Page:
William Hill to pay Gambling Commission £19.2m: ‘Serious consideration given to licence suspension’
Of course, that ‘record’ is not one to be proud of, with the 888 Holdings-owned William Hill being forced to pay £19.2m ($23.6m) by the regulator for “alarming” and “widespread” social responsibility and anti-money laundering failings.
Entain’s previous regulatory settlement (also not technically a fine) sat at £17m.
William Hill, meanwhile, had been expecting an announcement on how much it would owe, with three of its businesses being found guilty of the failings.
Indeed, WHG (International) Limited will pay £12.5m; Mr Green Limited will depart with £3.7m and William Hill Organisation Limited owes £3m.
Gambling Insider reached out to parent company 888 for comment, to which it responded: “The settlement relates to the period when William Hill was under the previous ownership and management. After William Hill was acquired, the company quickly addressed the identified issues with the implementation of a rigorous action plan.
“The entire Group shares the GC’s commitment to improve compliance standards across the industry and we will continue to work collaboratively with the regulator and other stakeholders to achieve this.”
Despite the operator’s emphasis on these failings taking place before 888 completed its acquisition of William Hill in 2022, these further regulatory woes will do nothing to stabilise parent company 888’s share price.
It had already seen a sharp decline in recent times following the sudden departure of long-term company executive and CEO Itai Pazner.
At the time of that announcement, 888 was found to have seriously erred with VIP players in the Middle East. Those company-wide problems have now extended to the UK market – albeit with a settlement that was already anticipated.
888’s share value had seen an upturn to around £0.65 last week but is back down to £0.53, having naturally fallen on the morning of the Gambling Commission’s announcement.
Serious consideration given to licence suspension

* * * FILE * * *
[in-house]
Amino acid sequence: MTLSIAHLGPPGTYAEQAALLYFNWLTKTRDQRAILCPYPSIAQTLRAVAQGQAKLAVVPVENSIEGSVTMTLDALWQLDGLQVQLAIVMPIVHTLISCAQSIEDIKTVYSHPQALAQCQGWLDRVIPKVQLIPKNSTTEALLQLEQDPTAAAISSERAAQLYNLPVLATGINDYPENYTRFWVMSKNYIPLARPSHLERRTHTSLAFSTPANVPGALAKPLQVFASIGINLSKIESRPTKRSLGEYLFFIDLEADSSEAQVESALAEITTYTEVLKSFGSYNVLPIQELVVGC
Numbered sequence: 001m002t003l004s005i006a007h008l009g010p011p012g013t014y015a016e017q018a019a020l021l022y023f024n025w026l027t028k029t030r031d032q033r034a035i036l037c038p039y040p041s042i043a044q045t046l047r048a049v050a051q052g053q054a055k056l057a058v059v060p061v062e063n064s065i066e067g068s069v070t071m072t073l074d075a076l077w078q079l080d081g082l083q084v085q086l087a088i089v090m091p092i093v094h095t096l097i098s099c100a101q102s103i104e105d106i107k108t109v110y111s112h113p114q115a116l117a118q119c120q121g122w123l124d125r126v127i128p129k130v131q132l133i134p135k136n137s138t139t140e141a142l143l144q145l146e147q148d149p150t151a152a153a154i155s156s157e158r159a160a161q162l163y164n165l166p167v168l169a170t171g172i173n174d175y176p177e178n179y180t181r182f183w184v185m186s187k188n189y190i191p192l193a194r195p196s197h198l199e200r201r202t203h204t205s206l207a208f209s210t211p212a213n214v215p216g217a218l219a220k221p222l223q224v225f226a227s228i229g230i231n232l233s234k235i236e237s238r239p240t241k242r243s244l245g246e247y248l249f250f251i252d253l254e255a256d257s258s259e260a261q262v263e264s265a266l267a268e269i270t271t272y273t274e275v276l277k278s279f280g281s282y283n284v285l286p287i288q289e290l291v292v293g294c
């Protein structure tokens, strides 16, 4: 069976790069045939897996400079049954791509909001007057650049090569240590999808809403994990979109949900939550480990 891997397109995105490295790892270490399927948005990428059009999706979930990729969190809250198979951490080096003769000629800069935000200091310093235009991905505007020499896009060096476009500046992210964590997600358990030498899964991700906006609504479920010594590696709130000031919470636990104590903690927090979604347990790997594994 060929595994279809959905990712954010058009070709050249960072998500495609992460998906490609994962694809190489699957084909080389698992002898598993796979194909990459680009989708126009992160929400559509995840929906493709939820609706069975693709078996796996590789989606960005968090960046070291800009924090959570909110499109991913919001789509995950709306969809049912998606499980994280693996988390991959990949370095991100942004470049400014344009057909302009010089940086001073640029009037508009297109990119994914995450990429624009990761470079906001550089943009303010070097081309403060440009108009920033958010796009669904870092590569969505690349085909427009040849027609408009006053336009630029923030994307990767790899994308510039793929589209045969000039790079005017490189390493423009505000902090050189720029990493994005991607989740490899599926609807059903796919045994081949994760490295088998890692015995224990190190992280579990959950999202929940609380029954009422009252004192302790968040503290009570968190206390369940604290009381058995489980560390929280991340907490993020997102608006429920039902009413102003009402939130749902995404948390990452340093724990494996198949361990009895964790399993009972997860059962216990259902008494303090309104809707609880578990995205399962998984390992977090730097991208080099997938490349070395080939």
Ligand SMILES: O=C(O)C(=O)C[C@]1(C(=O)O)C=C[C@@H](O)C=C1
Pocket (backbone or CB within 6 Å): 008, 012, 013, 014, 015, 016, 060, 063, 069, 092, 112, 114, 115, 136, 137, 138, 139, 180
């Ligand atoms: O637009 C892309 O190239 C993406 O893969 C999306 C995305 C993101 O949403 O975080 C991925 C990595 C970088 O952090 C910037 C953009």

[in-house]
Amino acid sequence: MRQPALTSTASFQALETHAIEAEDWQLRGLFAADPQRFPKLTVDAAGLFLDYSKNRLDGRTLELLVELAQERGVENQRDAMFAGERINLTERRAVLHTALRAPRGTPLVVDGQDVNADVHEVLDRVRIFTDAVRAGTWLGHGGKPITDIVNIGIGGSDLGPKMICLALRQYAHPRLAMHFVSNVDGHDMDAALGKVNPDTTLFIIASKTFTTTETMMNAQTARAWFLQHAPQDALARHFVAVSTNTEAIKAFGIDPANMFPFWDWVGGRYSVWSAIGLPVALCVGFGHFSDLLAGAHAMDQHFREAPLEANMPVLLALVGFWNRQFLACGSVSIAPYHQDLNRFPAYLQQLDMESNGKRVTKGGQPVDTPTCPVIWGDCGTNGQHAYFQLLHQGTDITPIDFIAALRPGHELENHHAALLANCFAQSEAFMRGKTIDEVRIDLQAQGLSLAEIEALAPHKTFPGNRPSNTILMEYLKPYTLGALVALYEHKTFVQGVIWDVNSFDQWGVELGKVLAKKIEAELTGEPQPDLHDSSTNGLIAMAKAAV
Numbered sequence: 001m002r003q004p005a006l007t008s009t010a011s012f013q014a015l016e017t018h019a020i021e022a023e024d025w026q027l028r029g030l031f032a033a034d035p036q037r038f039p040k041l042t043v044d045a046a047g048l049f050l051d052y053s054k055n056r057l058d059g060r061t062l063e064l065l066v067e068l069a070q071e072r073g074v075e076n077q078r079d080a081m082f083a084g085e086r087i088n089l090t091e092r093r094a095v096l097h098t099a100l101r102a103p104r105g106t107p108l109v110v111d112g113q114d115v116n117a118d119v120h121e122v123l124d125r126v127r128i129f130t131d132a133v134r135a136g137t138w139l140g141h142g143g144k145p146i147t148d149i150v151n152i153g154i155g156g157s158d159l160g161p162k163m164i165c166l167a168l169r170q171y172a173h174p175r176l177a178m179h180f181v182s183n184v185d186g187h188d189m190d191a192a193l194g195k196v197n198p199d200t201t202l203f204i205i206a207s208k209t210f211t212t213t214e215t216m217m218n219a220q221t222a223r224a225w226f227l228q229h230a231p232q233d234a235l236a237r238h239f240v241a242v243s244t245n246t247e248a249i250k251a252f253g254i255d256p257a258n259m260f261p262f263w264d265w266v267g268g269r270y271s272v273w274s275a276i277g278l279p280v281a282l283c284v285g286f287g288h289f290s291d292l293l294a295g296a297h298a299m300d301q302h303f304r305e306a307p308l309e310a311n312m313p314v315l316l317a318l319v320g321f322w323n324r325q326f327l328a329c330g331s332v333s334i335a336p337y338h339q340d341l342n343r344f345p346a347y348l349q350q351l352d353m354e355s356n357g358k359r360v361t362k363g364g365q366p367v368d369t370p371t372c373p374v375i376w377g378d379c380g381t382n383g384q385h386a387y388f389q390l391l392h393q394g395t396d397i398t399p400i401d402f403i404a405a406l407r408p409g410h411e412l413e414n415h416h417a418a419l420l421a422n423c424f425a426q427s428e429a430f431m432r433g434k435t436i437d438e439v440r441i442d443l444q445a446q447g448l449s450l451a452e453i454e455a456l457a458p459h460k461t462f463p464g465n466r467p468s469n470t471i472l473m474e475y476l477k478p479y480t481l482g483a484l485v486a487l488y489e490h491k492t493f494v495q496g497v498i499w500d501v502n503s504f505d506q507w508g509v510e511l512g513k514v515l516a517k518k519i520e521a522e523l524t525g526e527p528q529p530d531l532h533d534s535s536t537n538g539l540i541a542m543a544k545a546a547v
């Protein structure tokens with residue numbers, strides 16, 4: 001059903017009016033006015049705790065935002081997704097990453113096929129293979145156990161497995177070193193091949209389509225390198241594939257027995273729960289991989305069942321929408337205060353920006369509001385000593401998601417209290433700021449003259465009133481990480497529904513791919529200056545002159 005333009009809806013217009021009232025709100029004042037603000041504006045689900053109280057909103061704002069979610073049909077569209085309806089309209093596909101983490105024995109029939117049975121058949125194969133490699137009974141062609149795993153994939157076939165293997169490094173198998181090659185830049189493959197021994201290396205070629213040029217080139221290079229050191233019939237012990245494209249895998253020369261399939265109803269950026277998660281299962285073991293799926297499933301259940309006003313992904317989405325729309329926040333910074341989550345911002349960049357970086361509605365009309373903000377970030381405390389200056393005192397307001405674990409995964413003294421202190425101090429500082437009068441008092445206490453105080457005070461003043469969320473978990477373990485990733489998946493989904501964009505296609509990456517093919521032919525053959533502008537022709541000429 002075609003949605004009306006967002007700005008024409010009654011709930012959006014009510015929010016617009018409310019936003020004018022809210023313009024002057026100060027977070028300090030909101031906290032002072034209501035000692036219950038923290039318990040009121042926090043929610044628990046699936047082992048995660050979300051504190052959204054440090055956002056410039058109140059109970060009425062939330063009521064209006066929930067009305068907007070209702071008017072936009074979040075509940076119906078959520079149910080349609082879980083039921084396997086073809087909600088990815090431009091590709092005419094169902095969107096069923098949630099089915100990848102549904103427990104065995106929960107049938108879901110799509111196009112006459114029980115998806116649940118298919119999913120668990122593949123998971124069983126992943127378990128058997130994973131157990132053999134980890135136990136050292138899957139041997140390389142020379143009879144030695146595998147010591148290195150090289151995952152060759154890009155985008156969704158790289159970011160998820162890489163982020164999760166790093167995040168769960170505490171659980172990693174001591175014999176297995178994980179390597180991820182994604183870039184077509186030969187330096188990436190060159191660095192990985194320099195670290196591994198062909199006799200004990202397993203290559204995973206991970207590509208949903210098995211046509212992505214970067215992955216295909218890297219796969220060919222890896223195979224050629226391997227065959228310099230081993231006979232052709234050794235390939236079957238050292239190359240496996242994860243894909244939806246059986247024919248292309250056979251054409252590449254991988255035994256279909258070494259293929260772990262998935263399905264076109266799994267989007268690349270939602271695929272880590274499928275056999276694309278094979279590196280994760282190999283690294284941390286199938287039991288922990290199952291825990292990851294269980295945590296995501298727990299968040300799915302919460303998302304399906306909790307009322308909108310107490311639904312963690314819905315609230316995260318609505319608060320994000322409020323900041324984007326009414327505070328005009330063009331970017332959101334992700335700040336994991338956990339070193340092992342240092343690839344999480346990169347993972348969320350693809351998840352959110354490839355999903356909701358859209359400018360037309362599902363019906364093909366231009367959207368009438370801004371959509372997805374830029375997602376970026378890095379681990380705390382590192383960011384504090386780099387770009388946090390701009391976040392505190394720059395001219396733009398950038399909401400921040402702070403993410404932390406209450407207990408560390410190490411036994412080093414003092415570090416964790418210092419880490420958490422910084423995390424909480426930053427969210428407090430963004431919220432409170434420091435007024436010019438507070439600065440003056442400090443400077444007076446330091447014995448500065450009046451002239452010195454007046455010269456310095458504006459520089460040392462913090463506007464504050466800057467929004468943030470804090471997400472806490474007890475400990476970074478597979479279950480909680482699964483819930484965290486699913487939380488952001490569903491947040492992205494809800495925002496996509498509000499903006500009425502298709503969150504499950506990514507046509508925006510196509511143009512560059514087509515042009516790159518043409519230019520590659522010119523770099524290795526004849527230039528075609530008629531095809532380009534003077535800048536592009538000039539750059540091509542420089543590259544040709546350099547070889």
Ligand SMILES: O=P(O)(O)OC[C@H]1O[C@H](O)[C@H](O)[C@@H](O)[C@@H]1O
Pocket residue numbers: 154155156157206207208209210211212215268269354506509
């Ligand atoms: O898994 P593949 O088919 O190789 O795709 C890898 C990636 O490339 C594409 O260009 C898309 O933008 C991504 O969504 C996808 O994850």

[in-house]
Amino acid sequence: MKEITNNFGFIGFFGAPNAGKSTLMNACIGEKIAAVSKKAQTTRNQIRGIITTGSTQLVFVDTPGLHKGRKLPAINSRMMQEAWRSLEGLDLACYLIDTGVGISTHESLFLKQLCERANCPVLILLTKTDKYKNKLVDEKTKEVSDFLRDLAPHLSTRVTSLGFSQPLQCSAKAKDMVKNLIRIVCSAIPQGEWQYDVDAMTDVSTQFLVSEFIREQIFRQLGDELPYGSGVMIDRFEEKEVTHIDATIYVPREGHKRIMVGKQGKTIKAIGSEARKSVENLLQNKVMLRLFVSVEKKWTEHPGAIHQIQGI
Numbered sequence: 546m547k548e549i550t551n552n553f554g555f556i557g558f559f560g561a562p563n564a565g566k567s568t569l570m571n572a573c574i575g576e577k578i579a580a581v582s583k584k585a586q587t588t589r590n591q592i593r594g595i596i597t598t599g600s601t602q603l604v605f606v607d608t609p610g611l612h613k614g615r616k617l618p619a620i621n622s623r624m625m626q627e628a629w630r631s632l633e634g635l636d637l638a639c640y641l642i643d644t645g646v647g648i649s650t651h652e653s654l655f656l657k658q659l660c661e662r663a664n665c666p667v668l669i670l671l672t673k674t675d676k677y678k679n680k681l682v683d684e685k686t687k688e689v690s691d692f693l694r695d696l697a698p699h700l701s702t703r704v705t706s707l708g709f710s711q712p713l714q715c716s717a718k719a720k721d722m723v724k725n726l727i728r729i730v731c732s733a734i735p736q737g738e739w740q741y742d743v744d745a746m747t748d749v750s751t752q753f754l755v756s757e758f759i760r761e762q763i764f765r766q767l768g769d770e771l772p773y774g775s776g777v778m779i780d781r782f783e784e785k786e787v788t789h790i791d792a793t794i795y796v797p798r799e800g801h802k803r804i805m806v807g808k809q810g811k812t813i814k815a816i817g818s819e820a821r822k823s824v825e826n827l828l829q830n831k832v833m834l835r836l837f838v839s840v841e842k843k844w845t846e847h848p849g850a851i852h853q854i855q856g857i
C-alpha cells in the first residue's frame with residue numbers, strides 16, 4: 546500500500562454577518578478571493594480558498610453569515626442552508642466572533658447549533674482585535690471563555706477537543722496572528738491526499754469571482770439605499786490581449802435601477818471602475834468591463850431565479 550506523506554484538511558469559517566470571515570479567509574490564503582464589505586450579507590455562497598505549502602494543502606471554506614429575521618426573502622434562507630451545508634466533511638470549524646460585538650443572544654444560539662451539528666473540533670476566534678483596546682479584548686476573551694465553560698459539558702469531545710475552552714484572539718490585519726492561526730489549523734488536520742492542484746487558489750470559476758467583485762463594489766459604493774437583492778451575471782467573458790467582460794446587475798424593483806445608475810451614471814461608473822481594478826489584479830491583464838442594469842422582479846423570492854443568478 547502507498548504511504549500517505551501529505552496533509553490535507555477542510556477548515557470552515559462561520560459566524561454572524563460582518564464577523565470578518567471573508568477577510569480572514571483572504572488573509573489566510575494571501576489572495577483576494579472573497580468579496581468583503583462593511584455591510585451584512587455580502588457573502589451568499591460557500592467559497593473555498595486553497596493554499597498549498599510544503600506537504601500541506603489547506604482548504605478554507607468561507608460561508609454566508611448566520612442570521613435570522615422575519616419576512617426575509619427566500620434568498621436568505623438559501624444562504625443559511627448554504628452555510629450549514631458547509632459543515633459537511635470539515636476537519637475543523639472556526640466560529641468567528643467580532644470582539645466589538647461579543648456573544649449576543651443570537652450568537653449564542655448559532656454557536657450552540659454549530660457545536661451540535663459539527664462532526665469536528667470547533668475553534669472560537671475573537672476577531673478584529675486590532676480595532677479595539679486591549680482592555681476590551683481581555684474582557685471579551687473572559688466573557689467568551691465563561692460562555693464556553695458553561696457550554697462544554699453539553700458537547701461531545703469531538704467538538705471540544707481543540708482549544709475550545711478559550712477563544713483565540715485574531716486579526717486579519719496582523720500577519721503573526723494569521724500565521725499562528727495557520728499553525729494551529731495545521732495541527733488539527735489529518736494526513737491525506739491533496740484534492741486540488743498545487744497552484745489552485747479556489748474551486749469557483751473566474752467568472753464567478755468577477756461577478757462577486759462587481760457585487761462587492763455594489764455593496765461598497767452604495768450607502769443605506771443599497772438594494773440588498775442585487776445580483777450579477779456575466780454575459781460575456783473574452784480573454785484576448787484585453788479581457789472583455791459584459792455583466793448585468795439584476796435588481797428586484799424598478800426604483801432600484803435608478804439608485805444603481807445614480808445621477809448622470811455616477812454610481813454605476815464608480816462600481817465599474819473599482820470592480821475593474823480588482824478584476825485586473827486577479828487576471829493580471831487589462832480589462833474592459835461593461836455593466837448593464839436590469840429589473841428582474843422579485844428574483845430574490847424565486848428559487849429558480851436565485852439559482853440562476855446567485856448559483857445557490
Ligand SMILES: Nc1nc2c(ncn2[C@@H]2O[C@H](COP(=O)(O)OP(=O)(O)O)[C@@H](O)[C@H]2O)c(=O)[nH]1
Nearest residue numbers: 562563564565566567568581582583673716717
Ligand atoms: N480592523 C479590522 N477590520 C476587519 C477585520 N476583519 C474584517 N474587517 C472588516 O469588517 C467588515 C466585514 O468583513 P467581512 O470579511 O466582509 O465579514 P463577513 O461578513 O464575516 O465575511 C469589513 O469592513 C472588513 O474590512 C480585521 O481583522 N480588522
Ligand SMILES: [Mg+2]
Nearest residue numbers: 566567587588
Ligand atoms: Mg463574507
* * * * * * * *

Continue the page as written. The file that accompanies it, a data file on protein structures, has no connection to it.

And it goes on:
Now that the finer details have been revealed, if you’ll pardon the pun, there will be an element of closure – and perhaps some small pleasure that the settlement amount was not higher.
For it could have been worse, according to Gambling Commission Chief Executive Andrew Rhodes: “When we launched this investigation, the failings we uncovered were so widespread and alarming, serious consideration was given to licence suspension.
“However, because the operator immediately recognised their failings and worked with us to swiftly implement improvements, we instead opted for the largest enforcement payment in our history.”
Naturally, any licence suspension warnings must be taken with a pinch of salt, as there was a similar message with Entain.
The chances of the Gambling Commission genuinely stripping the licence of such a big operator is a different story, as even regulatory stories in Australia have proven (nine-figure fines have seen licences stay in operation).
William Hill’s regulatory breaches themselves stemmed from what has become the norm for Gambling Commission penalties lately.
For example, one new customer was allowed to “spend” £23,000 within 20 minutes of opening an account (and without any responsible gambling checks).
‘Ineffective controls’ were also in place as 331 players were able bet with Mr Green despite having self-excluded.
Industry still has so much room for improvement
Far more was uncovered and, as ever, the ultimate juxtaposition of the gambling sector is at play here once again.
Tier-one operators must do their utmost to ensure responsible gambling yet face the pressure of shareholders who want maximum quarterly returns on their investment.
When all is said and done, in the engine room, the industry still has some way to go. And, knocking Entain off of its perch, William Hill is now out in front of the pack as the UK’s unwanted record holder.
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